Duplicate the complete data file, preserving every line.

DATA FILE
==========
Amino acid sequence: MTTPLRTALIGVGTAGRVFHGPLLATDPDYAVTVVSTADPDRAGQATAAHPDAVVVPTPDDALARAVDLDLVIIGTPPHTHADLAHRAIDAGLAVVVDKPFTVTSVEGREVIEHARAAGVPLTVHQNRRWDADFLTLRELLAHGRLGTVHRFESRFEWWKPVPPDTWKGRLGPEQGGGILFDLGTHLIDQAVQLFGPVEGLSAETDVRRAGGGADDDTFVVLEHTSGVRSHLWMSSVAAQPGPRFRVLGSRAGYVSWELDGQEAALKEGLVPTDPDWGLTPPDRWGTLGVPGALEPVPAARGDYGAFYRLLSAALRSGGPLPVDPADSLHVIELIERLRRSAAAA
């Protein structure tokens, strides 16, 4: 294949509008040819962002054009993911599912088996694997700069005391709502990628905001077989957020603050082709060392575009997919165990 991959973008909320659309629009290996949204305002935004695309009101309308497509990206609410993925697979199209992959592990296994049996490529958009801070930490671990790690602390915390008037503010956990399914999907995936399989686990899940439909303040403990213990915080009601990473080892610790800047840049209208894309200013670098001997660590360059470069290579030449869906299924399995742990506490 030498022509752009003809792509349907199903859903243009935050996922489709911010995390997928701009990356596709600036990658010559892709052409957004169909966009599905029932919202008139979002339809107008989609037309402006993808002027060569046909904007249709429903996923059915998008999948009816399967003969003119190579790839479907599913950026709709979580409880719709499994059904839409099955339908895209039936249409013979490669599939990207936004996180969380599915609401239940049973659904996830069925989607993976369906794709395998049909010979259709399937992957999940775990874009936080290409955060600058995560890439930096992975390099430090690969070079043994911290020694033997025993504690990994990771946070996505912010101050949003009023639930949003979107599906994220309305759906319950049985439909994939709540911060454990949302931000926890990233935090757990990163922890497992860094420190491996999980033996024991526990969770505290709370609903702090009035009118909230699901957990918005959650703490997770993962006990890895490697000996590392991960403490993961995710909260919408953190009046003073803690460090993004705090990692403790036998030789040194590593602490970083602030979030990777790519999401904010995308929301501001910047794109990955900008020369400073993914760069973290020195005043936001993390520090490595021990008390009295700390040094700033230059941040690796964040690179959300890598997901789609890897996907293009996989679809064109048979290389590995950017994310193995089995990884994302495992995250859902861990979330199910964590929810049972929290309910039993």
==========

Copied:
Amino acid sequence: MTTPLRTALIGVGTAGRVFHGPLLATDPDYAVTVVSTADPDRAGQATAAHPDAVVVPTPDDALARAVDLDLVIIGTPPHTHADLAHRAIDAGLAVVVDKPFTVTSVEGREVIEHARAAGVPLTVHQNRRWDADFLTLRELLAHGRLGTVHRFESRFEWWKPVPPDTWKGRLGPEQGGGILFDLGTHLIDQAVQLFGPVEGLSAETDVRRAGGGADDDTFVVLEHTSGVRSHLWMSSVAAQPGPRFRVLGSRAGYVSWELDGQEAALKEGLVPTDPDWGLTPPDRWGTLGVPGALEPVPAARGDYGAFYRLLSAALRSGGPLPVDPADSLHVIELIERLRRSAAAA
């Protein structure tokens, strides 16, 4: 294949509008040819962002054009993911599912088996694997700069005391709502990628905001077989957020603050082709060392575009997919165990 991959973008909320659309629009290996949204305002935004695309009101309308497509990206609410993925697979199209992959592990296994049996490529958009801070930490671990790690602390915390008037503010956990399914999907995936399989686990899940439909303040403990213990915080009601990473080892610790800047840049209208894309200013670098001997660590360059470069290579030449869906299924399995742990506490 030498022509752009003809792509349907199903859903243009935050996922489709911010995390997928701009990356596709600036990658010559892709052409957004169909966009599905029932919202008139979002339809107008989609037309402006993808002027060569046909904007249709429903996923059915998008999948009816399967003969003119190579790839479907599913950026709709979580409880719709499994059904839409099955339908895209039936249409013979490669599939990207936004996180969380599915609401239940049973659904996830069925989607993976369906794709395998049909010979259709399937992957999940775990874009936080290409955060600058995560890439930096992975390099430090690969070079043994911290020694033997025993504690990994990771946070996505912010101050949003009023639930949003979107599906994220309305759906319950049985439909994939709540911060454990949302931000926890990233935090757990990163922890497992860094420190491996999980033996024991526990969770505290709370609903702090009035009118909230699901957990918005959650703490997770993962006990890895490697000996590392991960403490993961995710909260919408953190009046003073803690460090993004705090990692403790036998030789040194590593602490970083602030979030990777790519999401904010995308929301501001910047794109990955900008020369400073993914760069973290020195005043936001993390520090490595021990008390009295700390040094700033230059941040690796964040690179959300890598997901789609890897996907293009996989679809064109048979290389590995950017994310193995089995990884994302495992995250859902861990979330199910964590929810049972929290309910039993």